With Bryce Young injured, a flawed Alabama team grew up in a major way
It was happening.
Arkansas fans could feel it after watching their team score 23 consecutive points thanks in part to Alabama’s stalled offensive drives, defensive breakdowns and special teams miscues to nearly blow a 28-point lead.
In many ways, it was typical Alabama in recent memory. You know, in a 1-score game in the 4th quarter against Power 5 competition. The Tide played in a 1-score game in the 4th quarter 6 times in SEC play in 2021. After a nail-biter win against Texas, Alabama’s road woes appeared to be continuing. The team who had 4 of its 5 road games decided by 3 points or less since the start of 2021 was in an all-too familiar spot staring at 3rd and 15 deep in its own territory.
Oh, except for one thing. Bryce Young wasn’t available to throw his cape on.
Enter Jalen Milroe, stage left.
With the bright lights on the Alabama backup quarterback, he delivered a superstar play to save the day. A scramble included an escape of sure-handed tackler Bumper Pool, a dynamic cutback in space and 77 yards of exhale for Alabama.
Milroe’s run set up an Alabama touchdown, and while it won’t go down as a game-winner, it felt like it. Disaster was avoided. The “Alabama can’t function without Young” storyline had life for a bit. Perhaps that’ll have life at a later date. But for now, it was clear that the Tide grew up without Superman. Er, Young.
We’ll wait and see the status of Young, who left in the 2nd quarter with a shoulder injury after giving the Tide a 3-touchdown lead. Young was brilliant while he was on the field. An Alabama passing offense who had 1 passing play of 40 yards through 4 games had 3 such plays in the first quarter alone. All signs pointed to Young giving last year’s record-setting performance against Arkansas — he had a program best 559 passing yards — a run for its money.
But the durable signal-caller took a rare awkward fall while trying to escape former teammate Drew Sanders.
Here are multiple angles on the play that might’ve hurt Bryce Young’s shoulder. pic.twitter.com/69vSXJf2VI
— Connor O’Gara (@cjogara) October 1, 2022
Young tried to stay in the game, but an incomplete pass told him that he couldn’t play through his shoulder injury.
At the time, it made a 21-0 nothing lead for Alabama feel somewhat insignificant. Young hasn’t missed a start since taking over as the starter last season. Shoot, Alabama hasn’t needed to turn to a backup quarterback to start a game since Tua Tagovailoa’s hip injury against MSU forced Mac Jones into action late in the 2019 regular season.
The good news for Young’s status was that he was down on the field giving handoffs at halftime. He had his helmet on and spent the second half on the sideline. Take that for what it is.
The bad news was that without Young, Alabama’s passing game was non-existent in the second half. Milroe under-threw Jermaine Burton on a play that would’ve been a walk-in touchdown to give Alabama some much-needed breathing room. Milroe struggled to get on the same page as the Tide receivers in the second half.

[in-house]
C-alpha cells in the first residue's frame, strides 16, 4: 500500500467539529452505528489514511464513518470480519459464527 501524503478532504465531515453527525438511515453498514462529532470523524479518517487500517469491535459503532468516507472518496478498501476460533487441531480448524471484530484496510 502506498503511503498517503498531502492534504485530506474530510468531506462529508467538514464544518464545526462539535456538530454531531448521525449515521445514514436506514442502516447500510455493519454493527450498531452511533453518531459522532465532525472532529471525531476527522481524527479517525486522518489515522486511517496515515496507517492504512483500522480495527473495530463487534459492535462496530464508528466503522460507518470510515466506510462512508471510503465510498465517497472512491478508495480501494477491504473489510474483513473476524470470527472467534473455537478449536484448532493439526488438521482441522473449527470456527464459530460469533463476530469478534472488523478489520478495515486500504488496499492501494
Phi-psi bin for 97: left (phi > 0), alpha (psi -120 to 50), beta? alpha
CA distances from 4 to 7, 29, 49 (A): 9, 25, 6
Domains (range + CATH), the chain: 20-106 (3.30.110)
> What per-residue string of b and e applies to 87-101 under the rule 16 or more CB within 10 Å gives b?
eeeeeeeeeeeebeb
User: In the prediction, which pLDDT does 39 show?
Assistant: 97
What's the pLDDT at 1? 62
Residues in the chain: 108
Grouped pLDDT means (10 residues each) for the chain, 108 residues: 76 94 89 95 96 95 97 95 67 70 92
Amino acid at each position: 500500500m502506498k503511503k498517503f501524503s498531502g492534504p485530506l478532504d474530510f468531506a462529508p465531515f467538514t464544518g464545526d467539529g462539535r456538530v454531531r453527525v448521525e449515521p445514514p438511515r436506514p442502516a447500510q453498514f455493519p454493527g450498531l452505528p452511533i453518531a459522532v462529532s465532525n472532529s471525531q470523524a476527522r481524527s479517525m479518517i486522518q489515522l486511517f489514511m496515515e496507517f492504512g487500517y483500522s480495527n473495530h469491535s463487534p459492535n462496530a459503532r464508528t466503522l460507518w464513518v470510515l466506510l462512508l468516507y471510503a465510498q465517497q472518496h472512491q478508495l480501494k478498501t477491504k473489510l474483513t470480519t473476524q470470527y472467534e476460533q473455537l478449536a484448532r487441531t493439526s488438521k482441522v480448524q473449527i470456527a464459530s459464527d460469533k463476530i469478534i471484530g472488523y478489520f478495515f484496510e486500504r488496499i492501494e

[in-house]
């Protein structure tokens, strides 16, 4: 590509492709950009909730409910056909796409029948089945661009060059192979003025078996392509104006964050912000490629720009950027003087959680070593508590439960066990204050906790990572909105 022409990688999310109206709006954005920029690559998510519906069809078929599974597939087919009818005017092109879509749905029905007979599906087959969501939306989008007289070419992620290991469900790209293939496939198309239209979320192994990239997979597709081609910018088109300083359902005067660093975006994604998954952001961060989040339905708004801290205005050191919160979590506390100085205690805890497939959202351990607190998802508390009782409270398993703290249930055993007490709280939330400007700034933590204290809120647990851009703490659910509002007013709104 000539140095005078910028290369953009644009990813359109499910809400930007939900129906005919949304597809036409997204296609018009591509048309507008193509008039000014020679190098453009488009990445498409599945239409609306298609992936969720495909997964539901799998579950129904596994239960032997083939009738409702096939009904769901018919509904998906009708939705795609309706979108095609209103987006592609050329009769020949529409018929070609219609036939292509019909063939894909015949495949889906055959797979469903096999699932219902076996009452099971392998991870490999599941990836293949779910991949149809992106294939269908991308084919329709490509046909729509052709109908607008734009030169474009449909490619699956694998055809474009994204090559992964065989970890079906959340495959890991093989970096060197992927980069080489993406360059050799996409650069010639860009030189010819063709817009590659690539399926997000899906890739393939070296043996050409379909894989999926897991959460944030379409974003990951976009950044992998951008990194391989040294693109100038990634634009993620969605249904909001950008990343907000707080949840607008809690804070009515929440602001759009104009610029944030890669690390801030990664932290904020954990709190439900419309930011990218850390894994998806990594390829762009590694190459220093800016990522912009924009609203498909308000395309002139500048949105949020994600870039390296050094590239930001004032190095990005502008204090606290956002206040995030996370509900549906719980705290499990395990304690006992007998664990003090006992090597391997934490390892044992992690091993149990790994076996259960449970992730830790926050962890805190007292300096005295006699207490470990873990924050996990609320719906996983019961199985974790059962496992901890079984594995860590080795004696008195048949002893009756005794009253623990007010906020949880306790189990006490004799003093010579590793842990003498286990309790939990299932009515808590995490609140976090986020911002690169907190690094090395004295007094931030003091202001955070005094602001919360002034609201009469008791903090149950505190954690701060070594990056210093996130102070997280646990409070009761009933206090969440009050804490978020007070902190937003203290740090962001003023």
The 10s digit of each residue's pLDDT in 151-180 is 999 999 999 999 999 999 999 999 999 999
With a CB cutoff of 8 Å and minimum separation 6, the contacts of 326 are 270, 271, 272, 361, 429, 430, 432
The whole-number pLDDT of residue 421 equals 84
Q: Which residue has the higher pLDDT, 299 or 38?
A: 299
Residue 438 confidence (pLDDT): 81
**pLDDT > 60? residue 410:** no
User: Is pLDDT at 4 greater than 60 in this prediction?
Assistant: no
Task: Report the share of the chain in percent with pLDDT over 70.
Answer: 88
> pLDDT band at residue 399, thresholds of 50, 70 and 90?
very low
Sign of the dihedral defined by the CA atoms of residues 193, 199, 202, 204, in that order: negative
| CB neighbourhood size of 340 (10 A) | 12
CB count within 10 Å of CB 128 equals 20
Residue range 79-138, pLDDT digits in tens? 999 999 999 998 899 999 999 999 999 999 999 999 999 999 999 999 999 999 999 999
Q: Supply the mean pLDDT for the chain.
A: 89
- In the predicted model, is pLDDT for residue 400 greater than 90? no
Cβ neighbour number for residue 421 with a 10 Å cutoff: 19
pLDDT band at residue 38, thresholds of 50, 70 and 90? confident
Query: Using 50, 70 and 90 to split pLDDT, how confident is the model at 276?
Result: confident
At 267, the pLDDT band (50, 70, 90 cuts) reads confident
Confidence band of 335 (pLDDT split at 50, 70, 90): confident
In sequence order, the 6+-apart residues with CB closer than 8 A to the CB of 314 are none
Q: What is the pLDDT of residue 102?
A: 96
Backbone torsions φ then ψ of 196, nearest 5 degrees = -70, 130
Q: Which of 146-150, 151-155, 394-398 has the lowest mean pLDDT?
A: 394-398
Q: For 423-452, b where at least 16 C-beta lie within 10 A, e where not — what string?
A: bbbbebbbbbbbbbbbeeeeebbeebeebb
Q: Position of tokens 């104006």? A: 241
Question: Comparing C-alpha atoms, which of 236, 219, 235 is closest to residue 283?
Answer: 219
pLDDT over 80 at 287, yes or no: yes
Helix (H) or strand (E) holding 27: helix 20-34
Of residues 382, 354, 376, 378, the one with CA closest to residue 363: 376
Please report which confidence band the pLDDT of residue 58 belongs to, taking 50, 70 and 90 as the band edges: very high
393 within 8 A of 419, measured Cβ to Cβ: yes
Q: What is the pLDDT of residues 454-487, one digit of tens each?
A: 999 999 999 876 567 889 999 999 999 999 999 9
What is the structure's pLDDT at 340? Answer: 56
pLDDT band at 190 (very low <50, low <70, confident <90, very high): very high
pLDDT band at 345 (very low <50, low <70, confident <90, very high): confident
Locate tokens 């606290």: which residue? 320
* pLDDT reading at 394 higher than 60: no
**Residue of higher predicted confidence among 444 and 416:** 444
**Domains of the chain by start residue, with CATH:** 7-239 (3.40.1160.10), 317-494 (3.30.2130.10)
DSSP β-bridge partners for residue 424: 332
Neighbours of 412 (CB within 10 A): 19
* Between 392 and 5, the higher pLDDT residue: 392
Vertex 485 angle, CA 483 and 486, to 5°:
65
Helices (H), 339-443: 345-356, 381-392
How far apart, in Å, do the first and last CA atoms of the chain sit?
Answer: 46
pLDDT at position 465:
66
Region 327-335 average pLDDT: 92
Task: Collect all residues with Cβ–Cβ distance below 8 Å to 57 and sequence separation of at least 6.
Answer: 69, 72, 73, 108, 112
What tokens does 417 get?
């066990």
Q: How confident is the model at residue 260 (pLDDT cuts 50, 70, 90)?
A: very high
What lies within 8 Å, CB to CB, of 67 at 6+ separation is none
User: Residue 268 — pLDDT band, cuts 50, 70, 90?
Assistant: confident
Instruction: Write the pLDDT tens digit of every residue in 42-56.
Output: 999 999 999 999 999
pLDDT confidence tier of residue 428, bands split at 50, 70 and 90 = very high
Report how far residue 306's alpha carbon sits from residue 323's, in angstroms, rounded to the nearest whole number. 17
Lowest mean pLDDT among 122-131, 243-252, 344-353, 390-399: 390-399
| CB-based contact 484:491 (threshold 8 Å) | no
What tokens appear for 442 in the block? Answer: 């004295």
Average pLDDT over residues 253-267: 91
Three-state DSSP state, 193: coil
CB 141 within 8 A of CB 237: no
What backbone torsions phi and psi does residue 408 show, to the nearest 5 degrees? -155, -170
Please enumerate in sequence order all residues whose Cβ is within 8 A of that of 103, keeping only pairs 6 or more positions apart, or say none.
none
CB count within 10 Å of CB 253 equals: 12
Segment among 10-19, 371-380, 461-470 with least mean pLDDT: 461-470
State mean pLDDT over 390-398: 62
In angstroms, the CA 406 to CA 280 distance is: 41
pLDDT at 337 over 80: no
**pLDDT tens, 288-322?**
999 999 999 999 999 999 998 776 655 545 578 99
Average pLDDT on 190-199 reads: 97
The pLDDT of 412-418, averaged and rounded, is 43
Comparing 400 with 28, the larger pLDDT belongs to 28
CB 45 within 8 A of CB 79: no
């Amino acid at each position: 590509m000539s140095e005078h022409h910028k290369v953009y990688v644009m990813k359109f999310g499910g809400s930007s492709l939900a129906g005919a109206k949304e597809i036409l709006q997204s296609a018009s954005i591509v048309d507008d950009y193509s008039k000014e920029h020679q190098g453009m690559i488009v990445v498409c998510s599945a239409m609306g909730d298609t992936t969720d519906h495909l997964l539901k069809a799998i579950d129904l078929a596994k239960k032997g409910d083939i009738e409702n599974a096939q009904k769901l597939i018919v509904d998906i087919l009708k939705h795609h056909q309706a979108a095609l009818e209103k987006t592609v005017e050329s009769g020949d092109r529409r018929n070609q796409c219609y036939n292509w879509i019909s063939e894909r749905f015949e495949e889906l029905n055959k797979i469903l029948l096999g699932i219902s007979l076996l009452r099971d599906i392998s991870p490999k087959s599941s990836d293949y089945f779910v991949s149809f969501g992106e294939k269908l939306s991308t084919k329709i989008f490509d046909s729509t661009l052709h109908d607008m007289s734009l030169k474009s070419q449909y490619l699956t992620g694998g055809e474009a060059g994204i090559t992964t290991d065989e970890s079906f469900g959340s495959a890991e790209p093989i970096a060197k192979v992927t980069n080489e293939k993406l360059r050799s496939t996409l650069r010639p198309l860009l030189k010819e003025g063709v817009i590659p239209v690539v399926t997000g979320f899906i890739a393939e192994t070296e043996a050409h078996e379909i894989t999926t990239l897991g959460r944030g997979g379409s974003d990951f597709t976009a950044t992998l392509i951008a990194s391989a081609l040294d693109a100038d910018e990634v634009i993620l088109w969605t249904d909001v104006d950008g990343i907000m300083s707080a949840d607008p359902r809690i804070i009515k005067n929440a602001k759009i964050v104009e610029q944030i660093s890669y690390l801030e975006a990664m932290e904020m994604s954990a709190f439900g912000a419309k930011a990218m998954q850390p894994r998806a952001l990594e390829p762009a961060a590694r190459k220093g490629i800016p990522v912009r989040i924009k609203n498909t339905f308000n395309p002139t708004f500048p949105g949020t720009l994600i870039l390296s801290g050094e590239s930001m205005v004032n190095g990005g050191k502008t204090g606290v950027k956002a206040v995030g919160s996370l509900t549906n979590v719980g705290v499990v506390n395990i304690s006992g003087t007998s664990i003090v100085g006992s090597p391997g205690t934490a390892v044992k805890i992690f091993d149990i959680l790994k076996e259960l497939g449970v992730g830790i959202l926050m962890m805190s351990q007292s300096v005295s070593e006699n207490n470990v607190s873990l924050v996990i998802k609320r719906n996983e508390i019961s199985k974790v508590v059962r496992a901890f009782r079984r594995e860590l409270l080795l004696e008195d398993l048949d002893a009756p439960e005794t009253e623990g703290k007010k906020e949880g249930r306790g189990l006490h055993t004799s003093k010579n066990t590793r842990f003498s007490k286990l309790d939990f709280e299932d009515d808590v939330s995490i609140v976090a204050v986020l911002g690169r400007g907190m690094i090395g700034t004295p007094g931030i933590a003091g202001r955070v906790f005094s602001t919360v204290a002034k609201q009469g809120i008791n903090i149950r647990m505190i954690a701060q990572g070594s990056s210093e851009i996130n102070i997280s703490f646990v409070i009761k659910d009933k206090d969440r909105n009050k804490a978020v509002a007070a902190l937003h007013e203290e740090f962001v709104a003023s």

The good news was that in addition to Milroe’s 77-yard run, Jahmyr Gibbs busted 2 long touchdowns to put the game on ice.
This was an Alabama team who was without its starting center and had just 3.6 yards per carry in the first half. A pretty lackluster Tide ground game — at least against quality competition in 2022 — found its mojo in a big way. Gibbs had running lanes and he capitalized.
Jahmyr Gibbs goes off again and then hits them with the “Night, Night.” pic.twitter.com/u3hN9uu6Ze
— CBS Sports (@CBSSports) October 1, 2022
Gibbs got rolling in the 2nd half when it was clear that the Tide didn’t have much of a passing game to speak of. If Milroe is going to get significant reps, that has to improve. Of Milroe’s 65 passing yards, 22 of them came on a screen play to JoJo Earle, who somehow escaped a handful of Arkansas defenders for 6.
Again, though. The history books won’t remember that the Tide turned into a 1-dimensional offense. They’ll remember that when Alabama was in jeopardy of giving the ball back and potentially blowing a 28-0 lead, it stood tall thanks to Milroe’s poise.
In this Playoff system, it’s not that a loss would’ve been all she wrote on a run to a national championship. But it would’ve been a catastrophic way to find out Young’s value.
You know, just in case that was somehow in question.
Instead, though, Alabama found a way to avoid being the story of the day in college football. A collapse like that would’ve been unprecedented in the Nick Saban era. This is the team who went 10 seasons (2011-20) without losing to a team outside of the top 15 in the AP Poll. A loss to Arkansas would’ve marked the second consecutive season of doing just that.
But for the time being, that didn’t happen. Time will tell if Saturday was a defining moment for Alabama’s season. We’ll play the results on that one. We saw the flaws in that 3rd quarter. Young’s absence didn’t suddenly cause Alabama to have a horrendous snap, and it didn’t necessarily lead to some poor tackling on Arkansas ball-carriers. It was that Young’s presence was usually what covered up those flaws.
On Saturday, it had to be Milroe. Anything less than Young-like poise and the conversation coming out of Fayetteville would’ve been a whole lot different.
It was awfully nice of Young to let Milroe borrow his cape for an afternoon.